Zimbabwe

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Finally, and most astonishingly, the editorial claims, “It is a fact, but barely relevant, that Britain’s colonialists bear much historical guilt.” Thus the role of British imperialism, the crimes committed in its name and its enduring legacy, are written off as “barely relevant”. But how is it possible to understand present events in Zimbabwe or anywhere else without a knowledge of history—and of the impact of British imperialism’s oppression of the African masses?

The former name of Zimbabwe—Southern Rhodesia—reminds us that from 1889 to 1922 the country was run as a British mandate by a commercial company set up by royal charter—Cecil Rhodes’ British South Africa Company (BSA). All the wealth of the country passed into the hands of the British invaders. On 12 September 1890 Rhodes raised the British flag and formally “took possession” of Mashonaland and all it contained. When he conquered the Ndebele region by military invasion, the opposition of the indigenous people was declared “a rebellion” and virtually all their land and cattle passed into white hands.

When Matabeleland was subjugated, villages were burnt down to make room for the white settlers and for mining camps. Labour was made available for the mines and the land through the imposition of a labour-tax law. In 1896 the Ndebele uprising against BSA rule was brutally crushed. Landless peasants were forced to live in “locations” in areas of the country devoid of fertile soil, water and wild game. The Saturday Review of August 26, 1896 wrote, “Permanent peace there cannot be in countries like Mashona and Matabeleland until the blacks are either exterminated or driven into the centre of Africa.” That was the spirit of the rule of the BSA on behalf of the British colonial power.

This was the way that British rule began in Southern Rhodesia. It is but a small part of Britain’s colonial history, which the Guardian editorial insists is “barely relevant”.

The legacy of Rhodes continued in the twentieth century. From 1923 Southern Rhodesia, though still part of the British Empire, became a self-governing colony, ruled by the white minority. Seven years later the Land Apportionment Act made it illegal for Africans to own or rent property in towns in the greater part of the country. A formal colour bar in employment was introduced in 1934, under the Industrial Conciliation Act, which excluded “natives” from the definition of “employees”.

After the Second World War tens of thousands of British immigrants arrived in Southern Rhodesia and settled on land that had been designated as “white” areas by driving Africans from their homes. The Rhodesian authorities attempted to crush the rising nationalist challenge. In 1959 the African National Congress (ANC) was banned and hundreds of activists were imprisoned.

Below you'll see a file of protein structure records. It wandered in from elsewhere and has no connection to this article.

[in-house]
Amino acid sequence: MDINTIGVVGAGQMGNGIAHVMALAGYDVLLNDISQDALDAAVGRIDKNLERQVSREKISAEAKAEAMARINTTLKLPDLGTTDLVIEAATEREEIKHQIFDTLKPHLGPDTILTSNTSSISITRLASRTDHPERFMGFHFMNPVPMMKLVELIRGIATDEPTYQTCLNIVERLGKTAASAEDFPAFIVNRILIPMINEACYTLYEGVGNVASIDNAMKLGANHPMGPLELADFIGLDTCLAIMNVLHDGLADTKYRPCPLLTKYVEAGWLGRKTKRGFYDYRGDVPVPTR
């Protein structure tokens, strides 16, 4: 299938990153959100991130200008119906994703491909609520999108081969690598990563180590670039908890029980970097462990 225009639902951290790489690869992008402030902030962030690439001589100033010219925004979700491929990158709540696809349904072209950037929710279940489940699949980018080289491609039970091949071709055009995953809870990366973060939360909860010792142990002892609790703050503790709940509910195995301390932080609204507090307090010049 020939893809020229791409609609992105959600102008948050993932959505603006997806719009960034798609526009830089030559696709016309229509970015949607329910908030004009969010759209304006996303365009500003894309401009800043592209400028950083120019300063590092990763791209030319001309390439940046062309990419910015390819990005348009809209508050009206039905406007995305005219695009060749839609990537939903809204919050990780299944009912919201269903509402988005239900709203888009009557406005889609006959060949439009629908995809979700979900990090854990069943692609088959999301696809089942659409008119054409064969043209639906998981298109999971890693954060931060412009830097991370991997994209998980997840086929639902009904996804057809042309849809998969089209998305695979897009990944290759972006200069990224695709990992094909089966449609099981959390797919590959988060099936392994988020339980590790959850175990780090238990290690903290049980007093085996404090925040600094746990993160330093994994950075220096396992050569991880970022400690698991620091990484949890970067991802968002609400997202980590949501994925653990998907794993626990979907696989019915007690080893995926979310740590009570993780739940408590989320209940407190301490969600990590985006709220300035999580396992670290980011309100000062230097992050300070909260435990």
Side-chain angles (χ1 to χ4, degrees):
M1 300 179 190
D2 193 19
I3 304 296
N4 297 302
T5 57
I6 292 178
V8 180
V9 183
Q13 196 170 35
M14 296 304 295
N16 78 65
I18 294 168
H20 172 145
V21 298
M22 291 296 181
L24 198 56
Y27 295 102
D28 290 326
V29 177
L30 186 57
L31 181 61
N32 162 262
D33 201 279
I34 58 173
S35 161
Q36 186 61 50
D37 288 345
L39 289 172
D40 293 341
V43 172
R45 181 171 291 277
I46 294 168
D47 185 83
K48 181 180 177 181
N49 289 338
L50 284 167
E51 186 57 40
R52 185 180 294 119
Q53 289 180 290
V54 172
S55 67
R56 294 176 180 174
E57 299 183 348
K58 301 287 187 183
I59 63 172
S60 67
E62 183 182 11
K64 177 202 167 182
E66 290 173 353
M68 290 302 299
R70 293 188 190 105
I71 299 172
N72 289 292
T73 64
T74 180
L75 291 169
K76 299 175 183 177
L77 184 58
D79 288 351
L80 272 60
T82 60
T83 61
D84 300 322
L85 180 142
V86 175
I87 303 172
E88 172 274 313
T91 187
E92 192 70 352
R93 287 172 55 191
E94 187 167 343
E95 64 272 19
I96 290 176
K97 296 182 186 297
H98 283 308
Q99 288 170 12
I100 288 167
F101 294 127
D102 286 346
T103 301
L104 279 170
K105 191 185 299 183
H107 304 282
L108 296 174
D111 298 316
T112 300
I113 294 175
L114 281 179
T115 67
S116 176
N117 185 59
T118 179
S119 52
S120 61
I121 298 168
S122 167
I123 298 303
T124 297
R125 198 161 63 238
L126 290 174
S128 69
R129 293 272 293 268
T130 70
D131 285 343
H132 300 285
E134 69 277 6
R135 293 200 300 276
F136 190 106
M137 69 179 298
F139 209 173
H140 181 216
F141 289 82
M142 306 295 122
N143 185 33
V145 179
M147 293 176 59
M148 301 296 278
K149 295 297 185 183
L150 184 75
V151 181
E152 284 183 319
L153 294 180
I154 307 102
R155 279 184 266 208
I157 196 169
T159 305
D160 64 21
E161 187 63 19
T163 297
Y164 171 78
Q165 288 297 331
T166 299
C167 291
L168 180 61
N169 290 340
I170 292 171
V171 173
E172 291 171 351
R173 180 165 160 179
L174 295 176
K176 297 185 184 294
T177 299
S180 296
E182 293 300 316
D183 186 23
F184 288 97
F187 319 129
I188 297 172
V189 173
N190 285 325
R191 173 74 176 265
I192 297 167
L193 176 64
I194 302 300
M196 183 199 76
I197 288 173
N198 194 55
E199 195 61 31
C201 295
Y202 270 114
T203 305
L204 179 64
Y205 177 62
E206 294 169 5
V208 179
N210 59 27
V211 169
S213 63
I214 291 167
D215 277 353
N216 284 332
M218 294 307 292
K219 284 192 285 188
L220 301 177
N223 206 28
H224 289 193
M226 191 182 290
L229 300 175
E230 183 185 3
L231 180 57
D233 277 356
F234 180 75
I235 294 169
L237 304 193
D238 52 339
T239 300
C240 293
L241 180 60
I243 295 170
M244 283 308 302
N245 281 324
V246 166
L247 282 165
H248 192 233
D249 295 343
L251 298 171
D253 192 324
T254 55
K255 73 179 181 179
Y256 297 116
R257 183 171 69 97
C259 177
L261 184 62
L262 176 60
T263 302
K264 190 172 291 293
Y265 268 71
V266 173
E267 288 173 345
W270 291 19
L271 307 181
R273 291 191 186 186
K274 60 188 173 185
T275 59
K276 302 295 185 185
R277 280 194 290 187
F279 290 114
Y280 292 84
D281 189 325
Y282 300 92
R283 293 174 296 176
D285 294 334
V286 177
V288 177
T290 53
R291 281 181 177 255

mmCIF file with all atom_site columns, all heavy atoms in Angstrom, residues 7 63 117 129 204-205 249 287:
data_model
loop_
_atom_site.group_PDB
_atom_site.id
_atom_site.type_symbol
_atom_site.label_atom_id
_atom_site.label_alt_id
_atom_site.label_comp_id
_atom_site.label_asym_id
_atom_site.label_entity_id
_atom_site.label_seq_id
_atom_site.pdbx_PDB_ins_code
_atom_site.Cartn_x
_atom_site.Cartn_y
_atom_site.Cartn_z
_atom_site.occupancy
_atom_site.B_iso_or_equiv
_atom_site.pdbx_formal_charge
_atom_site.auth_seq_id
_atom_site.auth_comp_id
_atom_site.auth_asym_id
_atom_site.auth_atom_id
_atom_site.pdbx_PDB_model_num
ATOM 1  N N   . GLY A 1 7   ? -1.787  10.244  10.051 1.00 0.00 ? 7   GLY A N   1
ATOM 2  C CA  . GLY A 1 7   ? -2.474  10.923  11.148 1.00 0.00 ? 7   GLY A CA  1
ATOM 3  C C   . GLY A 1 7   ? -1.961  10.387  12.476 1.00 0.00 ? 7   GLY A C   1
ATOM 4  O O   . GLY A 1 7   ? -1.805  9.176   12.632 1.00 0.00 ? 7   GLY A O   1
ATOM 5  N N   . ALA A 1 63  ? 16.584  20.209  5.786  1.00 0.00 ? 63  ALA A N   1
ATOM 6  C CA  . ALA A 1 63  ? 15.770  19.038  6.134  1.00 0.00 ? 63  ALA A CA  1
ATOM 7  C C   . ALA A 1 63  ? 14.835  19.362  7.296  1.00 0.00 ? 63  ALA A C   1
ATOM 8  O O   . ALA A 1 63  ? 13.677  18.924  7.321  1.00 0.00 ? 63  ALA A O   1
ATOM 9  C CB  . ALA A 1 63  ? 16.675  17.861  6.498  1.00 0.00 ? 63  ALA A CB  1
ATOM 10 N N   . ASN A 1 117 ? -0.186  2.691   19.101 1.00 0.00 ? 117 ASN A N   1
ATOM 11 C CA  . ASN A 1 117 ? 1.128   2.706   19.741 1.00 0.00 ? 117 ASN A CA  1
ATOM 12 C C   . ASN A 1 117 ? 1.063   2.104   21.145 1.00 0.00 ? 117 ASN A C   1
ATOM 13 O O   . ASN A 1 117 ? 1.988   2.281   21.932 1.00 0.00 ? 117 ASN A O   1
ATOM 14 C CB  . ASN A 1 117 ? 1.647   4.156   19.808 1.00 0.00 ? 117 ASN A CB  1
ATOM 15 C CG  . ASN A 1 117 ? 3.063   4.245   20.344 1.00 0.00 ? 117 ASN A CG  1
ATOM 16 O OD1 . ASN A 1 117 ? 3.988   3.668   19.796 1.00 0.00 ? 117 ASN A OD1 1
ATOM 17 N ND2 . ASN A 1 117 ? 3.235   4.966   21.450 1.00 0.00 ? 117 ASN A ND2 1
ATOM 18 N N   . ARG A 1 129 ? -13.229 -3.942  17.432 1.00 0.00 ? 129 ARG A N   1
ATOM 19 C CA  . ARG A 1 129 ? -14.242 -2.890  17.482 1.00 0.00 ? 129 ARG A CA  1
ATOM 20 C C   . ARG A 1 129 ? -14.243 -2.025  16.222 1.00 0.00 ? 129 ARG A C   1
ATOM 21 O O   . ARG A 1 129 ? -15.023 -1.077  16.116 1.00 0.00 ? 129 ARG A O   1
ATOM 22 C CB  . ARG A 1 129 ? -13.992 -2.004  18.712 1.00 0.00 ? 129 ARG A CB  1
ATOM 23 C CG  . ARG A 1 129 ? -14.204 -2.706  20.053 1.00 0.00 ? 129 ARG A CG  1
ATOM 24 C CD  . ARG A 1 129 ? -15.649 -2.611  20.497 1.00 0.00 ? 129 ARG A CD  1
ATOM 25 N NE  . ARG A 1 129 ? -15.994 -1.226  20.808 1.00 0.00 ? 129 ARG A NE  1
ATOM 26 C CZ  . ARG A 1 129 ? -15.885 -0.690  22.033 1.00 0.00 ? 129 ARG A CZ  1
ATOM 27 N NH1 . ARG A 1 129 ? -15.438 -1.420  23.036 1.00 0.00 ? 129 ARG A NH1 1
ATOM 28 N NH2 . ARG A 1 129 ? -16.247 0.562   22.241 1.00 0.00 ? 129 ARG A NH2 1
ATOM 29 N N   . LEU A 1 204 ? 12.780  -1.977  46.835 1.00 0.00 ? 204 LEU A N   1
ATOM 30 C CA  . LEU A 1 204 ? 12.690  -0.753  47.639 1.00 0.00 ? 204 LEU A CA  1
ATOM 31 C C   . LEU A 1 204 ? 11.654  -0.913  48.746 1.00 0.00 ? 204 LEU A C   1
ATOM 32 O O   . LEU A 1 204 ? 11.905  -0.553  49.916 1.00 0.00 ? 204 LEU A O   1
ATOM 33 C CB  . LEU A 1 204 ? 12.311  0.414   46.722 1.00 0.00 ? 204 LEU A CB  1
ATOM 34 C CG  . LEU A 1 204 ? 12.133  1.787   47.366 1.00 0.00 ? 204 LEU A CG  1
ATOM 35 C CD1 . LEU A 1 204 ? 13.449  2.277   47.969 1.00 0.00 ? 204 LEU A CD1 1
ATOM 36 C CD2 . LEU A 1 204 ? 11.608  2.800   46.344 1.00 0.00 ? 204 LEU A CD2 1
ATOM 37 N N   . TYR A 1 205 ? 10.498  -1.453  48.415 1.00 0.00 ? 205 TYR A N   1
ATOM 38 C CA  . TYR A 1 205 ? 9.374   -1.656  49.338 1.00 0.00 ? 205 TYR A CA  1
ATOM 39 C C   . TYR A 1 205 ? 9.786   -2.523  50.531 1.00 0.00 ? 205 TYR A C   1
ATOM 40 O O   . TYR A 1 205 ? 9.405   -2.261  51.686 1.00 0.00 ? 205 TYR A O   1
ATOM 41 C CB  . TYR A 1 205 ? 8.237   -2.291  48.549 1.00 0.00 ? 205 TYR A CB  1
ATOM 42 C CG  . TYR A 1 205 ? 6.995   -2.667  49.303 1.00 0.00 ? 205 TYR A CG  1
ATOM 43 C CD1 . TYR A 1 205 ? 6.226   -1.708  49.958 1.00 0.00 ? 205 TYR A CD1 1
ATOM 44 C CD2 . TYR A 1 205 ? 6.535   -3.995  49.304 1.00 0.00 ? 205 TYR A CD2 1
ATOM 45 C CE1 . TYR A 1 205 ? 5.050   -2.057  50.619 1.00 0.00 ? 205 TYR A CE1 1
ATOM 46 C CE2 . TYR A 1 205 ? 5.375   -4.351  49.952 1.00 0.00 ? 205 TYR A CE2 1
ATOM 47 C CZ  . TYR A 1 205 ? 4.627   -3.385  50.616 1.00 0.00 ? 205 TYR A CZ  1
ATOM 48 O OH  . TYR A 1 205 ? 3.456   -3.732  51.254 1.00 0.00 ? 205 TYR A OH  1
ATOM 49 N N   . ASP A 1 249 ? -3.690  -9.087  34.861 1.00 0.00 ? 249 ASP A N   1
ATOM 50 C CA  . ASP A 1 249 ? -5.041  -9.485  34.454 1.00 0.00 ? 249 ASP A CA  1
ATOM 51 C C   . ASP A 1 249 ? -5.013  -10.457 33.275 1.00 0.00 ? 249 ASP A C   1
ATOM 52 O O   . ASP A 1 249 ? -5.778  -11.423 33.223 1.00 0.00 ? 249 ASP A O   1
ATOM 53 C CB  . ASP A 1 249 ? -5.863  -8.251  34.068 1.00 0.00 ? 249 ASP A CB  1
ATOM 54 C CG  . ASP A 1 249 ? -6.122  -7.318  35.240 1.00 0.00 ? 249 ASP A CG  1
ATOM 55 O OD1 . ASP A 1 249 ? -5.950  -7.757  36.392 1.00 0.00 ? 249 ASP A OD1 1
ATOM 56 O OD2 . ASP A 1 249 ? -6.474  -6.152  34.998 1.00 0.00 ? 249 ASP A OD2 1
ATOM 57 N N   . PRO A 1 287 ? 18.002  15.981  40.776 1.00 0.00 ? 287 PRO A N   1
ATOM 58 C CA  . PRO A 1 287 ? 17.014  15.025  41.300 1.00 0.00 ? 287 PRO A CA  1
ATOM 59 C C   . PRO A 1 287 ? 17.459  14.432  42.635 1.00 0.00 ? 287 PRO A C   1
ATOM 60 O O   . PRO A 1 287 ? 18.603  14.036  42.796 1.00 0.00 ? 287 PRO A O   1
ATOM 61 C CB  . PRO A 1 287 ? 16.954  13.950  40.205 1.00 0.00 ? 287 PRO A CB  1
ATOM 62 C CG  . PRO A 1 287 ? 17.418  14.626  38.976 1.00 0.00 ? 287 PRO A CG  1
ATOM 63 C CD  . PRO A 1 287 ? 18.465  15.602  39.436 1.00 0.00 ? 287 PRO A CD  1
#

In 1965 the Ian Smith government signed a proclamation declaring its independence from Britain. The limited rights that Africans had achieved in the previous period were withdrawn. The Zanu and Zapu national movements were banned and their supporters incarcerated.

As the liberation struggle developed, thousands of Africans were uprooted from their homes and herded into “new villages” to cut off food and information from the guerrilla forces. New pass laws were introduced that limited the right of Africans to enter the towns. During the whole period of the Smith regime, the country was covertly supported by British capitalism, animated by the knowledge that its interests were being protected.

In 1980 Mugabe came to power, having led the bitter liberation struggle against the white rulers and being imprisoned by the Smith regime for 10 years. He was elected as president of Zimbabwe after the Lancaster House agreement of 1979, which was designed to safeguard British interests and the white farmers in the face of massive social and political resistance. Two years later the British turned a blind eye to his brutal suppression of the political opposition in Matabeleland. This was no doubt an example of the West’s “double standards” that the Guardian is so eager to dismiss.

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wsws.org/articles/2002/apr2002/zimb-a03.shtml
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Post time 2009-1-1 19:48:29 |Display all floors
Racists
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Post time 2009-1-3 08:52:49 |Display all floors
A lot of the power struggles that exist in Africa today are because of the positions of power generated by colonialism.

Without the influence of a colonialist mindset and its need to control would there be reason for war?

Before colonisation Africa was mainly a tribal based continent.
There was tribal conflict and lives were lost but nothing compared to the scale it is now.

People lived within their means as best they could and did not destroy the land they lived on.
Starvation did not exist as it does today -- it is entirely the fault of Western interference.